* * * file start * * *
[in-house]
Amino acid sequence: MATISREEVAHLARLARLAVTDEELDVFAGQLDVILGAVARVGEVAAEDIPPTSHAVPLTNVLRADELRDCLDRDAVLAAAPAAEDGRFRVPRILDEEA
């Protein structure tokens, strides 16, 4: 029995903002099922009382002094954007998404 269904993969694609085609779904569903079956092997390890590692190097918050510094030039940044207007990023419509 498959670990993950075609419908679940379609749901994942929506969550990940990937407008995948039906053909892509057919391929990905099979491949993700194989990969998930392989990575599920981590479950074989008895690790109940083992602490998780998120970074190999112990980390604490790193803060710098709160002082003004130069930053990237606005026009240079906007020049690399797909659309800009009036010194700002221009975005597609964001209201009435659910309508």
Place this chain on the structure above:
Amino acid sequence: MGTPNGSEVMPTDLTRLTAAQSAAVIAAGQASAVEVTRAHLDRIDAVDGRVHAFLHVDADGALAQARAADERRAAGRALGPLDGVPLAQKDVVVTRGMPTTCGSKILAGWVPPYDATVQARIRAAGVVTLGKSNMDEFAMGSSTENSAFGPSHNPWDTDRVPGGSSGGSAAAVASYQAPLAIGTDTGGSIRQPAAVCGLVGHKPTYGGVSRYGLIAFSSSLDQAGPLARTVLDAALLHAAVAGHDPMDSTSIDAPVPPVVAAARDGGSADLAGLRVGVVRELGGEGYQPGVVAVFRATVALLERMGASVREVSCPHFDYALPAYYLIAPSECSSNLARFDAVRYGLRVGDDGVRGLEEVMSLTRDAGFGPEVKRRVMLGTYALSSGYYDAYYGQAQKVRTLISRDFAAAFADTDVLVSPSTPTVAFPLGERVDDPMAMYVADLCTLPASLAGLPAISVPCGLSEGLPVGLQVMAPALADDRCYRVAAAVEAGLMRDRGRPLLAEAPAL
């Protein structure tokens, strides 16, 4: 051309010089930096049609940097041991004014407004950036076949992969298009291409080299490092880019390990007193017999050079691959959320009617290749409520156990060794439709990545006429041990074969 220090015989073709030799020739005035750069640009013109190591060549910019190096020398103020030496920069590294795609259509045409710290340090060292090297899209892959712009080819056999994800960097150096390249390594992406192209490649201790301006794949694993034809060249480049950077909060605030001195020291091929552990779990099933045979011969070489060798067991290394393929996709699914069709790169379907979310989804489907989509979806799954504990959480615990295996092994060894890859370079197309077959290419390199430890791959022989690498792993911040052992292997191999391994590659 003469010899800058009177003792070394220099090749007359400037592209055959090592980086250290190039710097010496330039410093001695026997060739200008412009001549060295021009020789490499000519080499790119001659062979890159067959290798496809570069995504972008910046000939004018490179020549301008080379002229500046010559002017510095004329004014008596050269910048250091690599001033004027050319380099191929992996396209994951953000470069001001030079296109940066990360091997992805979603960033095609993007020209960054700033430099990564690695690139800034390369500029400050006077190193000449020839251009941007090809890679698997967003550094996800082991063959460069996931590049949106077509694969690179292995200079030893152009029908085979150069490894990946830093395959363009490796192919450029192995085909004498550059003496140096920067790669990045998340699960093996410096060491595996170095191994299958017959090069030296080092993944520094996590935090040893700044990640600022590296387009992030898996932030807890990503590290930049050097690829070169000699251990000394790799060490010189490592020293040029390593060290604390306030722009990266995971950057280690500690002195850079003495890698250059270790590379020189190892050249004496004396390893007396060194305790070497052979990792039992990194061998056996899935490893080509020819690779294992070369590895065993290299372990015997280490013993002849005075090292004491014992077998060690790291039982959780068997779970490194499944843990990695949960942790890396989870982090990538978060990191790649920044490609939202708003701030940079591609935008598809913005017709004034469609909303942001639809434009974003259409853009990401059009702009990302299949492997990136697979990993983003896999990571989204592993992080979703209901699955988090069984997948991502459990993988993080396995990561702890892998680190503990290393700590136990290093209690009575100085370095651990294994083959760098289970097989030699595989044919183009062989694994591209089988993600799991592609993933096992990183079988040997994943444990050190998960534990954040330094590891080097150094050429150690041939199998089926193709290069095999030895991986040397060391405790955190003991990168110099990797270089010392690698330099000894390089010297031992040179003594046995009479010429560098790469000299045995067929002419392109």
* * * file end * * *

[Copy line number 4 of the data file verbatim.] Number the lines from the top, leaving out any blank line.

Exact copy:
Place this chain on the structure above: